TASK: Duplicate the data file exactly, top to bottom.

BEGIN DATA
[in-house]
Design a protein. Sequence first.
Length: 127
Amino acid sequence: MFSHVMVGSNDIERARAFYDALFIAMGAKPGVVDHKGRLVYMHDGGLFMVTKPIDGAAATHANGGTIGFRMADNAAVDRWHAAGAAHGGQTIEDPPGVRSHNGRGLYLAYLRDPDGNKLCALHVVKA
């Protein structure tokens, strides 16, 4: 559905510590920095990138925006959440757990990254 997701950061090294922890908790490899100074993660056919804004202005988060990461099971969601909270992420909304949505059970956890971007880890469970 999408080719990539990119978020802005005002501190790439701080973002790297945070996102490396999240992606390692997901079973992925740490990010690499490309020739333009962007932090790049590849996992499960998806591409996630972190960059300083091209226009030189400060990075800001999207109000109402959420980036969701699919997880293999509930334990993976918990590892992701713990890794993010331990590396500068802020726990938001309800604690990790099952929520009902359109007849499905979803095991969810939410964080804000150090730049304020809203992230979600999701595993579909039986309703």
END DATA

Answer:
[in-house]
Design a protein. Sequence first.
Length: 127
Amino acid sequence: MFSHVMVGSNDIERARAFYDALFIAMGAKPGVVDHKGRLVYMHDGGLFMVTKPIDGAAATHANGGTIGFRMADNAAVDRWHAAGAAHGGQTIEDPPGVRSHNGRGLYLAYLRDPDGNKLCALHVVKA
């Protein structure tokens, strides 16, 4: 559905510590920095990138925006959440757990990254 997701950061090294922890908790490899100074993660056919804004202005988060990461099971969601909270992420909304949505059970956890971007880890469970 999408080719990539990119978020802005005002501190790439701080973002790297945070996102490396999240992606390692997901079973992925740490990010690499490309020739333009962007932090790049590849996992499960998806591409996630972190960059300083091209226009030189400060990075800001999207109000109402959420980036969701699919997880293999509930334990993976918990590892992701713990890794993010331990590396500068802020726990938001309800604690990790099952929520009902359109007849499905979803095991969810939410964080804000150090730049304020809203992230979600999701595993579909039986309703």